Health Ministry takes precaution against West Nile virus

July 26, 2019 - 13:11

TEHRAN – Iran’s Health Ministry has taken precaution against the spread of West Nile virus (WNV) in the country.

WNV is the leading cause of mosquito-borne disease in the continental United States.  It is most commonly spread to people by the bite of an infected mosquito. Cases of WNV occur during mosquito season, which starts in the summer and continues through fall.

“Fortunately, no one has been so far infected by the virus in the country,” said Behzad Amiri, the Health Ministry’s head of zoonotic diseases department, ISNA reported on Tuesday.

Border health centers examine people who want to enter the country from affected countries and give them necessary advice, he noted.

West Nile virus is most commonly spread to people by the bite of an infected mosquito, which is become infected after feeding on infected birds, mostly wild and migratory ones, he said.

Infected mosquitoes then spread West Nile virus to people and other animals by biting them.

More details about West Nile virus

According to the Centers for Disease Control and Prevention website, the most effective way to prevent infection from West Nile virus is to prevent mosquito bites. Mosquitoes bite during the day and night. Use insect repellent, wear long-sleeved shirts and pants, treat clothing and gear, and take steps to control mosquitoes indoors and outdoors.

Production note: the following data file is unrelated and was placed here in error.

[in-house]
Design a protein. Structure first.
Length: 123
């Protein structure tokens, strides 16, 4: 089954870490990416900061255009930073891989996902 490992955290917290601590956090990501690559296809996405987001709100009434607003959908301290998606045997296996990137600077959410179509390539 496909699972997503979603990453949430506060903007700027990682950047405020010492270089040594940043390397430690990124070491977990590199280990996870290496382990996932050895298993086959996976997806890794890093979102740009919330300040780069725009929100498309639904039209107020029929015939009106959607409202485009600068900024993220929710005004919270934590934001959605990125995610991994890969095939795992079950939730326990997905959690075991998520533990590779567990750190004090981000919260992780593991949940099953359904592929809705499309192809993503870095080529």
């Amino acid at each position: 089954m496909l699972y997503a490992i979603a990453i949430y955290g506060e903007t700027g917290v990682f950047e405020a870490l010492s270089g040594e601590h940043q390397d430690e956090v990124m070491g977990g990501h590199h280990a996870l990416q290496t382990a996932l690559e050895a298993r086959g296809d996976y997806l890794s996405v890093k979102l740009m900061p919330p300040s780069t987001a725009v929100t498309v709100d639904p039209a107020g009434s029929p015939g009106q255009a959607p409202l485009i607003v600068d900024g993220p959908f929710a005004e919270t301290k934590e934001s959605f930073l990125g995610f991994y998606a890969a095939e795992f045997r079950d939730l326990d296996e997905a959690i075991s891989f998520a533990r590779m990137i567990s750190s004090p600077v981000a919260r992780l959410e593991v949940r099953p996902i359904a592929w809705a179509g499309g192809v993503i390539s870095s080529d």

There are no vaccines to prevent or medications to treat WNV in people. Fortunately, most people infected with WNV do not feel sick.

* Symptoms

No symptoms in most people. Most people (8 out of 10) infected with West Nile virus do not develop any symptoms.

About 1 in 5 people who are infected develop a fever with other symptoms such as headache, body aches, joint pains, vomiting, diarrhea, or rash. Most people with this type of West Nile virus disease recover completely, but fatigue and weakness can last for weeks or months.

About 1 in 150 people who are infected develop a severe illness affecting the central nervous system such as encephalitis (inflammation of the brain) or meningitis (inflammation of the membranes that surround the brain and spinal cord).

* Diagnosis

See your healthcare provider if you develop the symptoms described above.

Your healthcare provider can order tests to look for West Nile virus infection.

To learn more about testing, visit our Healthcare Providers page.

* Treatment

Over-the-counter pain relievers can be used to reduce fever and relieve some symptoms.

In severe cases, patients often need to be hospitalized to receive supportive treatment, such as intravenous fluids, pain medication, and nursing care.

If you think you or a family member might have West Nile virus disease, talk with your health care provider.


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